I can't be the only one who read several reviews of Where The Wild Things Are saying that it wasn't so much a film for children as a film about childhood. Now, the people who wrote these reviews were not talking out of their arses, they were in fact going on the evidence of their own eyes, ears and other sensory apparatus. So I would be really interested to know what some of the very small children who saw it last night made of it. Apart from the baby sitting behind us, whose review consisted of crying for about twenty minutes.
Apparently director Spike Jonze said he wanted to capture the essence of being 9, for which he used handheld camera work, a Karen O soundtrack, and a lead actor who is 12. The end result is more of a poetic indie representation of what being 9 was like than the experience of anyone who has recently spoken to a 9 year old. I would say, though, that the changing your mind all the time, lacking in self awareness, emotional outburst stuff that young kids do was very well realised.
I have read a couple of comments from people who saw the film saying it was stagnant and dull. Whilst things happen in fits and starts and action-wise it's no Die Hard 4, it's based on a picture book of about three sentences, so really what do you expect? You could argue that there wasn't enough to make a full length movie I suppose, but that would be missing the point. The story is a character study, following Max's gradual realisation that different aspects of his personality are reflected by the monsters, and that his outbursts affect other people just like theirs affect him. Part of the fun of watching is trying to work out precisely what character trait each Wild Thing represents - some are more obvious than others.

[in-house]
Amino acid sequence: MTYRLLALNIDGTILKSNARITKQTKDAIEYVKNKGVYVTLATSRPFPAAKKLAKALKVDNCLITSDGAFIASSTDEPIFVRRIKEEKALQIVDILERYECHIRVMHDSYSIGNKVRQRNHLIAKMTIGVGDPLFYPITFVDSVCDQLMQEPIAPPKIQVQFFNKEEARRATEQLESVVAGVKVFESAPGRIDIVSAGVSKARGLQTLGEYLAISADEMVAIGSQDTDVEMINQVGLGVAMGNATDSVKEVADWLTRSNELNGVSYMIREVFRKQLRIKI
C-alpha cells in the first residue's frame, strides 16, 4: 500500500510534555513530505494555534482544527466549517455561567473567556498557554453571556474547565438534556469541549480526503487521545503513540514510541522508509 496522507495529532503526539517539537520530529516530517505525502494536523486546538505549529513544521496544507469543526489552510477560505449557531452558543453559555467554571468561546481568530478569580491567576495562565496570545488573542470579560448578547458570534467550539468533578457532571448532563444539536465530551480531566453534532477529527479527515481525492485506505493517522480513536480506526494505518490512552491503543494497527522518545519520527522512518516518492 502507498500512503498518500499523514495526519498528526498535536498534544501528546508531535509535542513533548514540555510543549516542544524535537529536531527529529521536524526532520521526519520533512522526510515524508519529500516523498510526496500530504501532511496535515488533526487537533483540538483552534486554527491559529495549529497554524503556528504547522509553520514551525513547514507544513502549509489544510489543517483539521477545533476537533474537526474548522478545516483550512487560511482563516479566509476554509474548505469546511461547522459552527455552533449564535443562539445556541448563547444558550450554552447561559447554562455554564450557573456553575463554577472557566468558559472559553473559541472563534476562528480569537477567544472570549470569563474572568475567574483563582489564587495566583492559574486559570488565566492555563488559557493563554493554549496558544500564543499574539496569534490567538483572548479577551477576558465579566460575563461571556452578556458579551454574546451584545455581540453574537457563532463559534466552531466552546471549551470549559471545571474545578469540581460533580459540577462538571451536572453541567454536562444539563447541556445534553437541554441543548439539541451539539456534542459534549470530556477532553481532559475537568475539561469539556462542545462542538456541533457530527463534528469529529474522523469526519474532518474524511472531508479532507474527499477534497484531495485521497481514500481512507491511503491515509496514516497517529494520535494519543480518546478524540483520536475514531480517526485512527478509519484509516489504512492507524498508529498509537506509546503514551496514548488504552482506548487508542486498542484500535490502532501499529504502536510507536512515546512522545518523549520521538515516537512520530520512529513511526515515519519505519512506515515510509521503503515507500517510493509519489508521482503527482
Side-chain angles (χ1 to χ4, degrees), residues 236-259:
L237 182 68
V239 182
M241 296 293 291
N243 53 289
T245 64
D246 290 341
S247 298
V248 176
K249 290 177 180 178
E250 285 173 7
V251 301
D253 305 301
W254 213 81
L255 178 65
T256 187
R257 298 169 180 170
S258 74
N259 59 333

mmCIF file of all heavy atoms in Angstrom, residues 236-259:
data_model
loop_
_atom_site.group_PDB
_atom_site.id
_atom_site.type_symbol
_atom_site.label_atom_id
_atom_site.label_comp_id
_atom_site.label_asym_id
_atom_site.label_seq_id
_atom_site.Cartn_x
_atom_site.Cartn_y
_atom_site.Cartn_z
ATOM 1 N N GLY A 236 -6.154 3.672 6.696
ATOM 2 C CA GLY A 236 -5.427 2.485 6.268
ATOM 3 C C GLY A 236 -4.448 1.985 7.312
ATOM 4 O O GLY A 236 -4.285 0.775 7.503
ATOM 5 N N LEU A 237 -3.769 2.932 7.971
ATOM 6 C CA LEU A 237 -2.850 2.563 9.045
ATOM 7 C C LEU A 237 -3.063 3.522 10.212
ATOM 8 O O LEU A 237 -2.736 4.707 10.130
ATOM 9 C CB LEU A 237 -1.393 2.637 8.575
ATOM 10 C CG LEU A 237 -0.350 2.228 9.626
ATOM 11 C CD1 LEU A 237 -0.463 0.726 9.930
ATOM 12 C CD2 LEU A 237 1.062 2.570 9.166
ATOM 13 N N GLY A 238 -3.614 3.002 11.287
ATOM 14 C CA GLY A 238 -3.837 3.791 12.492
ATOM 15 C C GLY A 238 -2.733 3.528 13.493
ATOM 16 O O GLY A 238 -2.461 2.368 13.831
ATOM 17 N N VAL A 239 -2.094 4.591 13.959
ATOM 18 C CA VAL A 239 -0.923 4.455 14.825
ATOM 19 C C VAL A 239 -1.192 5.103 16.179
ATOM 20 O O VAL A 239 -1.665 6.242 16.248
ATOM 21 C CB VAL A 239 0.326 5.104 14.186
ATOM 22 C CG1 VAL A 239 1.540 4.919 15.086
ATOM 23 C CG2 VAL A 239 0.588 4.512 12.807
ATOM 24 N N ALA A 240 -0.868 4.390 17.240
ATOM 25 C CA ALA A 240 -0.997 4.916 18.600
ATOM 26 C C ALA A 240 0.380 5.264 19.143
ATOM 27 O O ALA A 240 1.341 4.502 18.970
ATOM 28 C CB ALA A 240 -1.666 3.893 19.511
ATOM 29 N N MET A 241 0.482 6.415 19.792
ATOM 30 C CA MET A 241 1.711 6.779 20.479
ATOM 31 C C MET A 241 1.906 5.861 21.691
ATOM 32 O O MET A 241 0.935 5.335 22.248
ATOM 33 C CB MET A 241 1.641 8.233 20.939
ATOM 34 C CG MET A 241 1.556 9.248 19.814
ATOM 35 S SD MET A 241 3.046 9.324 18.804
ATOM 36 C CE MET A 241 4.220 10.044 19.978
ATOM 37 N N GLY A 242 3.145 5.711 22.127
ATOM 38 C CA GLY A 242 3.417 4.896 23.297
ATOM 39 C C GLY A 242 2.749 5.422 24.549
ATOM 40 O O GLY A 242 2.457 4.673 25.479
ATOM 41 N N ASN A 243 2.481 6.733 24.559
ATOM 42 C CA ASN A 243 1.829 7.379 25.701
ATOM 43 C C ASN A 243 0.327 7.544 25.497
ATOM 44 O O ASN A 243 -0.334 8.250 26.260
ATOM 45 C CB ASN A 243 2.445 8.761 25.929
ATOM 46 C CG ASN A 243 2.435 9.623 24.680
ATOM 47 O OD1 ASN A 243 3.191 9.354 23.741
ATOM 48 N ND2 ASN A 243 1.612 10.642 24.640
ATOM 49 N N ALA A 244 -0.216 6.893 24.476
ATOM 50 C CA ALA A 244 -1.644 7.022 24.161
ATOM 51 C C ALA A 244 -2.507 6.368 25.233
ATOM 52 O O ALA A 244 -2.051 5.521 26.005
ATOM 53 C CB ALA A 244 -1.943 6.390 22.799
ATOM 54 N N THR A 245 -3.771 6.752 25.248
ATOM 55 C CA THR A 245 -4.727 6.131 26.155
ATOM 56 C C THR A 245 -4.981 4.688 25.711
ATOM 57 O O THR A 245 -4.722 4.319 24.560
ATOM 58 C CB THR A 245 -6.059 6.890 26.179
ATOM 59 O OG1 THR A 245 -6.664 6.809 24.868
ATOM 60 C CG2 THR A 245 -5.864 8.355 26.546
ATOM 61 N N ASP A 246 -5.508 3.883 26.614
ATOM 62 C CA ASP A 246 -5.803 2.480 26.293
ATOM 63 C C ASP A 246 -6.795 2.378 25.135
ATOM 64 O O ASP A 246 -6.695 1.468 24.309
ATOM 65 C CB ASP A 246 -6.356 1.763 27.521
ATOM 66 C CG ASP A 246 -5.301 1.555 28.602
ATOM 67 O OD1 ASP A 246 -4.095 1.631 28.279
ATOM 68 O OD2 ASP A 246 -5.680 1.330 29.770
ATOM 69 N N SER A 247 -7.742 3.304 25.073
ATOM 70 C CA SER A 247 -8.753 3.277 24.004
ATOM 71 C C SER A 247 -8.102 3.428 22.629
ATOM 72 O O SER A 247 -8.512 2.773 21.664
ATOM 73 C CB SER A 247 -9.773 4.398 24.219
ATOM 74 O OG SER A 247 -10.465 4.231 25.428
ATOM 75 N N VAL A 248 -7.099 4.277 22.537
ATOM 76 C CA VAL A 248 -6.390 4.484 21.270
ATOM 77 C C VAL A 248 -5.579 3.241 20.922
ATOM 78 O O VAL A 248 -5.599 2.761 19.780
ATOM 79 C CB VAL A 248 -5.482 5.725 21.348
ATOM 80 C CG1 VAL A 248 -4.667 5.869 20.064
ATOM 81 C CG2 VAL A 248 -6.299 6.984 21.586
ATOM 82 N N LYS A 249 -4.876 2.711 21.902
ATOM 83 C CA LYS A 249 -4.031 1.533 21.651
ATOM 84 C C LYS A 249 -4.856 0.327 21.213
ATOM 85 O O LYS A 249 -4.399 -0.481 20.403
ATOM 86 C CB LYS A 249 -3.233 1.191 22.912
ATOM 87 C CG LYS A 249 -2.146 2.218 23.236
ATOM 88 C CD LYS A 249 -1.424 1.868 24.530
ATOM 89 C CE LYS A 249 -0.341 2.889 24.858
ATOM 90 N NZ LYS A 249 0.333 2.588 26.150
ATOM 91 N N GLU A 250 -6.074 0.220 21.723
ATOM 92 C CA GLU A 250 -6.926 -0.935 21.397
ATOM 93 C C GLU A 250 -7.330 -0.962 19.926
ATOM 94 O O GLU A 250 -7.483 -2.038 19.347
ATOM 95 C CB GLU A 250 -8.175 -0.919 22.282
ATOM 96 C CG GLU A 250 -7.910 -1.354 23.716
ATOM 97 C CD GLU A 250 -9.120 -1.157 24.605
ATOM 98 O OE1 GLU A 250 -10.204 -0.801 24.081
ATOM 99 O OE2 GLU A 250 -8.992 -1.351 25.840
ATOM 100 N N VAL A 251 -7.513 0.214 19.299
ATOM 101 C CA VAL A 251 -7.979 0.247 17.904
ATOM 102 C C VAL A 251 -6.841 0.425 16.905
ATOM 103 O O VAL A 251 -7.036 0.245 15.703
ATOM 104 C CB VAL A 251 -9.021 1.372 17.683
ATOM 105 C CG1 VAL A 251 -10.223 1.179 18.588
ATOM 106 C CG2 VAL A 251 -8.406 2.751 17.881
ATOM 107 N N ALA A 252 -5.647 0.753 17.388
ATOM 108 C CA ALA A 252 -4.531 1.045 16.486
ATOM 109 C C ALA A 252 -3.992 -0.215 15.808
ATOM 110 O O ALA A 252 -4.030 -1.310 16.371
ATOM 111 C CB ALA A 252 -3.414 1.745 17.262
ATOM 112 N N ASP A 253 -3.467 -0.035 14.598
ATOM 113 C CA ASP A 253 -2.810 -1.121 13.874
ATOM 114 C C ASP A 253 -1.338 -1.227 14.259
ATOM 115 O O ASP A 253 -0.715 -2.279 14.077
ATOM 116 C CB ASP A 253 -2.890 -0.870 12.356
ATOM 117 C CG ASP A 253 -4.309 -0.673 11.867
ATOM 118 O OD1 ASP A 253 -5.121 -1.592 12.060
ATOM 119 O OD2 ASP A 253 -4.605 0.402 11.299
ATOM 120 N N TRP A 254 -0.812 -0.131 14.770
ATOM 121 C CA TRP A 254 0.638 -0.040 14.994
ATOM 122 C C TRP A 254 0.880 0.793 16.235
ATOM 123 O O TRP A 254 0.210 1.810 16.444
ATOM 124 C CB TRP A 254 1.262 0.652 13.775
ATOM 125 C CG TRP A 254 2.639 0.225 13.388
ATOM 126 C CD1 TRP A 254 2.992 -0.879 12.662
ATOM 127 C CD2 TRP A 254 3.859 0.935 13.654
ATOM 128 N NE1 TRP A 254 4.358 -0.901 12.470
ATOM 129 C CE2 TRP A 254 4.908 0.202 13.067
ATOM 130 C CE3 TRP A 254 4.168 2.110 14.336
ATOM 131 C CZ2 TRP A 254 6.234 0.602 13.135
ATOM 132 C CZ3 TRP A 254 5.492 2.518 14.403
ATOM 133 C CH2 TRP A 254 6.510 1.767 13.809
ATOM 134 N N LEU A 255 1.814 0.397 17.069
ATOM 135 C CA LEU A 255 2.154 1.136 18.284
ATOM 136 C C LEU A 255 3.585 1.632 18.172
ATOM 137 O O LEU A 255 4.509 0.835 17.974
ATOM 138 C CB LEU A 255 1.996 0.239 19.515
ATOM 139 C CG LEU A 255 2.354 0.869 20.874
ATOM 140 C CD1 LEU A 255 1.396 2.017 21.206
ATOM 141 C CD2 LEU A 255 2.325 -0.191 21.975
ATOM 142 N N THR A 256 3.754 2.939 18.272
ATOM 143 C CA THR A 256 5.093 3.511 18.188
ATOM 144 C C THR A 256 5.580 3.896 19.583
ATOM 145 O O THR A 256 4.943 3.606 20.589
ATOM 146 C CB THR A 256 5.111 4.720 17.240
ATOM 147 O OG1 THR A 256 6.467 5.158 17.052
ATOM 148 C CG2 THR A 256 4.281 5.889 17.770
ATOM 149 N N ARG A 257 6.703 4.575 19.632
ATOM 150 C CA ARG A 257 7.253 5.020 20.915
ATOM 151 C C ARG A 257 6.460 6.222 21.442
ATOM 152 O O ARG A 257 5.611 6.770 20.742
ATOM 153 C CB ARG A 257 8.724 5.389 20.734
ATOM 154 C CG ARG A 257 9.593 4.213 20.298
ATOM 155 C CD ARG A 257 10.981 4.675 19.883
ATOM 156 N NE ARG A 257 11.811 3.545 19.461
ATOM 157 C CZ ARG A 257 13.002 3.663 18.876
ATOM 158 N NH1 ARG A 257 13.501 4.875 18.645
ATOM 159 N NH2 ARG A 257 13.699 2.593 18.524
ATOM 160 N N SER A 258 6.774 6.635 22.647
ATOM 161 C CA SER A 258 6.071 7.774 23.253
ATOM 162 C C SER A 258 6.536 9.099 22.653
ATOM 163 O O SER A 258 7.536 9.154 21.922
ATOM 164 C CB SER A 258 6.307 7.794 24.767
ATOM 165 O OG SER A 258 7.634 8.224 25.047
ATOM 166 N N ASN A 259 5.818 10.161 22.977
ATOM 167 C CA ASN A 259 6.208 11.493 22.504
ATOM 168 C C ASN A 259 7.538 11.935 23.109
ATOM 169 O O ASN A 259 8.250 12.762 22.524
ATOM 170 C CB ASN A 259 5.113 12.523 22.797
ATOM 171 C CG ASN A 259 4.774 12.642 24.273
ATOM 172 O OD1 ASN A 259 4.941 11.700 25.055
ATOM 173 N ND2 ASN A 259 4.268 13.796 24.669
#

Overall this is a beautiful film, definitely worth a watch. But in all likelihood you will be in a cinema with some young persons who will ask searching questions - by which I mean banal questions - all the way through, so if you can't cope with that then maybe wait for the DVD. FYI, it'll be things like, "he doesn't like it there does he?" and "when is he going to get home?" Hey, they're kids, they don't gotta be pithy in reality. Just in the imagination of nostalgic grown ups.